At least we have the luxury of apathy

Rachel Faber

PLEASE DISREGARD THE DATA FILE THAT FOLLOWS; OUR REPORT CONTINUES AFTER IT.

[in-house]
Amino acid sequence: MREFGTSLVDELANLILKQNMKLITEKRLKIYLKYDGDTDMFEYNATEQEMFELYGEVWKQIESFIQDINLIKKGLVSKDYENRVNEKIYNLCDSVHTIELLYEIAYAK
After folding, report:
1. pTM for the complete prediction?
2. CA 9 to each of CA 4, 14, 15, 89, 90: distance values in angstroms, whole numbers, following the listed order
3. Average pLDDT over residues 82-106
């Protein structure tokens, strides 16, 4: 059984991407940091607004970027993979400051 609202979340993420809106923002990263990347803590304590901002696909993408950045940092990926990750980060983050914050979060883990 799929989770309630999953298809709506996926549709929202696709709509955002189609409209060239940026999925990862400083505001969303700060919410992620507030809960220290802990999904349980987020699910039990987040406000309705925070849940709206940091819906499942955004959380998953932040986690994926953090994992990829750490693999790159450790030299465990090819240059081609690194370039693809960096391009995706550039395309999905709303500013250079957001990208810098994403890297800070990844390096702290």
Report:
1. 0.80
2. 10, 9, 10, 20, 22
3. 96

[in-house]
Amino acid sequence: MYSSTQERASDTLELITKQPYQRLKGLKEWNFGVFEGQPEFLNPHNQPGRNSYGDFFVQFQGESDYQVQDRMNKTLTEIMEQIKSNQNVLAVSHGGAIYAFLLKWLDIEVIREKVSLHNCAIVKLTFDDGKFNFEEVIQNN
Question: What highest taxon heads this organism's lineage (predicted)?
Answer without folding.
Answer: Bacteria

As the race for the presidency heats up, the idea of electing a leader becomes much less appealing. The sense of democratic and Constitutional continuity seems somehow marred by sparring matches over advertisements, oil and character. Voter apathy may not be the correct term, but voter distaste may be. Regardless, voters appear to be more enthusiastic about the 100 meters than the election. People in my circle of political savants have been overheard making some interesting comments about the elections. One said she would vote for Gore since he came to the school, and she said he seemed like a nice guy. She even got to shake hands with him. I didn’t realize that baby-kissing politics were so effective, but apparently the personal touch is the key to the swing vote. “Gore scares me,” said another. “I would vote for Zippy the Chimp before I would vote for Gore.” He later indicated that Zippy might also eclipse Dubya, because the voter could be assured that in the least, Zippy would not wreak havoc in the executive office. Score: Homo sapiens 0, all higher primates, 1. Then there are the “wait and see the early results” voters. They have decided that they will exercise democracy in the defense rather than the offense, and their real desire to cast a third-party vote will be made when they see which of the lesser evils is ahead in the early-results polls. You never score if you spend all your time in the outfield and don’t step up to the plate, but this noble sect of martyred voters doesn’t seem perturbed. Some of my favorite voters are the “I’m not going to waste my vote on either of these clowns” voters. Their vote is something they can abstain from now and expend later, like pizza coupons. While they may not favor either candidate, they could certainly be spurred to join the Zippy the Chimp write-in campaign. I decided to catch the election vibes outside the United States to see if the prospect of new leadership mustered an iota more excitement than it does here. Perhaps if more is at stake with the high political office people become impassioned with the choice of leadership. For example, the elections in Yugoslavia pose the urgent question of whether or not to retain Slobodan Milosevic in the highest office in the land. Allegations of corruption, illegal election activities and coercion surround the election. Compounding the situation are the displaced people and refugees. War in the Balkans in recent years has led to giant changes in demographics, altering the number of registered voters, allegiance and citizens within borders. Tanzania is looking forward to its second multi-party election. In efforts to integrate the rural public to a democratically-active society, educational groups are traveling throughout the country putting on puppet shows with simple storylines to highlight the role of government in the lives of all Tanzanians, especially women. The scripts of the shows include typical scenes in village life and illustrate the role of government in overseeing and addressing social problems. Young nations are looking forward to elections this fall. Poland and Belarus are two nations where the years of voting rights can be measured within our lifetimes. Sri Lanka, a nation torn by rebellion and civil war, looks forward to elections that will either stabilize or continue to unravel the island nation. Switzerland is voting on a national referendum to limit the number of immigrants in the nation. It seems ironic that a tiny nation with four distinct language cultural groups would be faced with a national question to mathematically regulate diversity, but it is an issue that will affect multinationals based in Switzerland and the nation’s economy. Despite all the interesting history unfolding around us, we seem to be in a comfortable spot in the United States, and voters are not impassioned by the election. While we may complain about voter apathy, the unrecognized blessing is that our voters have the luxury to be apathetic, because no matter the outcome of this year’s election, the chance that the nation will change drastically is minute. Unless of course, Zippy manages an upset.